Bethlehem has two faces, and both are on display at this time of year.
One is a living Christmas tableau: Pilgrims from all over the world duck through the low stone doorway to the Church of the Nativity, built on the spot where tradition says Jesus was born, to pray in its candlelit recesses. Tour buses idle in Manger Square, carolers sing in the streets, and inflatable red Santas bob outside rows of souvenir shops.
But in the other Bethlehem - an economically struggling, mainly Muslim city of 50,000 people in the West Bank - Christmas will be just another day. In its stonecutting sheds and refugee camps, mosques and market streets, workaday life is little affected by the holiday hue and cry.
Holiday tourism is easily Bethlehem’s largest source of revenue - about 5,000 visitors are expected on Christmas Eve and thousands more on Christmas Day - but the town’s homegrown Christian character is rapidly eroding.
Half a century ago, 80 percent of its Palestinian residents were Christian; now only about one-third are. At morning, noon and night, the wailing Muslim call to prayer mixes with the cracked-tone pealing of Bethlehem’s church bells.
On an unpaved back street just off Manger Square, Palestinian shoppers picked their way around open manholes toward market stalls selling eggs and vegetables. At Rez Roab’s shop, live chickens and turkeys clucked feebly in stacks of crates, and freshly plucked and cleaned birds hung from meat hooks.
“Well, we don’t get tourists buying these,” Roab said, gesturing with his cleaver. “We sell a little more to restaurants at this time of year, but altogether, Christmas doesn’t really make that much of a difference to me.”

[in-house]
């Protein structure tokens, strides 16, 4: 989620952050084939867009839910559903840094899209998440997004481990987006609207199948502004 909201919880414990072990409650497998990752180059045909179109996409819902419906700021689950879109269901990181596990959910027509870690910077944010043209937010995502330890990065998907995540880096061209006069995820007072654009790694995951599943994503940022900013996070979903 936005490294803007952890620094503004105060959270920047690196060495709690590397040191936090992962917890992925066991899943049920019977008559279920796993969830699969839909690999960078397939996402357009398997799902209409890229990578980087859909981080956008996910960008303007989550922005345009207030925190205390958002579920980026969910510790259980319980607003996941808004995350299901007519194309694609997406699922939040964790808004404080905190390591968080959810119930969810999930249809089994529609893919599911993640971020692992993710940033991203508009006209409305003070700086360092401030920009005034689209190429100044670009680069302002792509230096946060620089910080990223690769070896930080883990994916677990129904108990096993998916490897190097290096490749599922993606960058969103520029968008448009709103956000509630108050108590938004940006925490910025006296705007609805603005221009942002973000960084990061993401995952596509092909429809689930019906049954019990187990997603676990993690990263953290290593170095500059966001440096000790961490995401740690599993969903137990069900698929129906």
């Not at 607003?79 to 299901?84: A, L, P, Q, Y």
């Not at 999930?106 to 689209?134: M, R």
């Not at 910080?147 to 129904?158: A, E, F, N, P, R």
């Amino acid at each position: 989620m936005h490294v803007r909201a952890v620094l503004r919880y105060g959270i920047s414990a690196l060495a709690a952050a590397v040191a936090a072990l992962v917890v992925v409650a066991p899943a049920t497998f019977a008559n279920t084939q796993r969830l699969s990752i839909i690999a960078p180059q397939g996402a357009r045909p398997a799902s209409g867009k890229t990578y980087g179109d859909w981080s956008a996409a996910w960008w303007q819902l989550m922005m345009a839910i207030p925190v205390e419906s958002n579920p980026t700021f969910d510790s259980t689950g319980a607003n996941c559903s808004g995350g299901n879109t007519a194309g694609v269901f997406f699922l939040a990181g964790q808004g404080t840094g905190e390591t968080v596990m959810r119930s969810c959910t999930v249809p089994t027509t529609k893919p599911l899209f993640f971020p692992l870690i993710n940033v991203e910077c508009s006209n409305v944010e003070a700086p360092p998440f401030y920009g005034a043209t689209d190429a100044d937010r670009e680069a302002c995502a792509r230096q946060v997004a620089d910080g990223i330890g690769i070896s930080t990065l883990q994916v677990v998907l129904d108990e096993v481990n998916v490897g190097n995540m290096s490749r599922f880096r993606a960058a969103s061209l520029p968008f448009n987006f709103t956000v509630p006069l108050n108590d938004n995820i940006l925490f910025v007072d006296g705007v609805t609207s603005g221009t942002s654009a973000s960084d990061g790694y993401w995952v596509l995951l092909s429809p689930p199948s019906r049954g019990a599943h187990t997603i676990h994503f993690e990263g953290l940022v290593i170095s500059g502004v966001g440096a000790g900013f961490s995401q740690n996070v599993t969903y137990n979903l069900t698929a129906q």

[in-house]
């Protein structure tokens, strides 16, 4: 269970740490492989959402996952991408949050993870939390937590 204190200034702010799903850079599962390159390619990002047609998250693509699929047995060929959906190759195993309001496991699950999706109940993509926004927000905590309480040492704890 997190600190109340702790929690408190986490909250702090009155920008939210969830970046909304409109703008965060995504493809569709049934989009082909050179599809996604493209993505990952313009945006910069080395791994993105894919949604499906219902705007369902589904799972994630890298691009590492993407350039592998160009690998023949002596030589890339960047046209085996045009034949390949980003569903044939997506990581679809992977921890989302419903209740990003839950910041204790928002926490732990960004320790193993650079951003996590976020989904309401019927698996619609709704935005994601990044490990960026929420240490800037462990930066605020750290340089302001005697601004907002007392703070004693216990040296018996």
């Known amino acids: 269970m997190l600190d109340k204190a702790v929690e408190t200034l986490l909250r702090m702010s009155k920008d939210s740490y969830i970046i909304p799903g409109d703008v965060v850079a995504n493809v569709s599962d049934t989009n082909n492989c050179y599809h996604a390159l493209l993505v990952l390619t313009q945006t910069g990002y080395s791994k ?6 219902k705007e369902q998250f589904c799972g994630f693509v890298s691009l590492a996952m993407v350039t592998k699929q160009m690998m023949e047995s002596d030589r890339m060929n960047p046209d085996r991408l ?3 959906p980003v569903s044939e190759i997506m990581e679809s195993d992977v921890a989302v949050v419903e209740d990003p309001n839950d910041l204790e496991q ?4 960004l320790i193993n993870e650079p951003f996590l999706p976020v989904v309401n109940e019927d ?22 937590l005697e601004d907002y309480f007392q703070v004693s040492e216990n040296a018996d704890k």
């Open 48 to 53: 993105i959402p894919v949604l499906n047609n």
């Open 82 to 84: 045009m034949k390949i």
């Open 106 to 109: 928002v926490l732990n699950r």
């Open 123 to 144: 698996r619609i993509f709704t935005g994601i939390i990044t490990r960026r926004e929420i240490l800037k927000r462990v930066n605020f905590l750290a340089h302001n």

In the Aida refugee camp - one of three camps ringing Bethlehem - the mood was grim and sullen. Six weeks ago, one of the camp’s children, 8-year-old Ali Jawarishe, was shot in the forehead with a rubber bullet as a group of boys threw stones at Israeli soldiers manning a post just up the hill from the camp.
Ali lingered for five days before being removed from life support. His funeral set off a daylong stone-throwing clash between camp residents and Israeli troops that left at least 16 people hurt.
“Christmas, not Christmas, our life is the same - hard, very hard,” Hanan Elayan, 37, a Palestinian mother of 10, said as she leaned against the wall of her home.
Since the death of Ali, whose family lives nearby, she worries constantly about her children getting hurt. “I tell them all the time not to go near the soldiers, but they don’t listen,” she said.
On Bethlehem’s gritty industrial fringe, stonecutter Ali Ahmed Zeitun, 33, took a break from his labors, his eyelashes and eyebrows coated with white stone dust. Stacked in the yard outside were huge slabs of so-called Jerusalem stone, the characteristic yellow-pink limestone used for nearly all the city’s buildings.
“Everything’s the same for me, with my job, no matter what time of year,” he said, rubbing his heavily callused hands. “I’m glad to have work - lots of people here don’t.”
Zeitun will close his shop on Christmas Day, he said - not for holiday observances, but because traffic jams will make it too difficult to truck stone in or out of town.
This is Bethlehem’s third Christmas under Palestinian rule, and Christmas celebrations still take on a note of nationalistic pride. In Manger Square, plastic banners bearing Palestinian flags and likenesses of Yasser Arafat flutter in the breeze.
Amid general gloom about the faltering Mideast peace process, Christians and Muslims alike were glad of a chance to celebrate something. Elayan said she would try to take her children to the festivities in Manger Square, even though the family is Muslim.
“It’s something nice for them, a way for them to enjoy themselves. They won’t have that here.”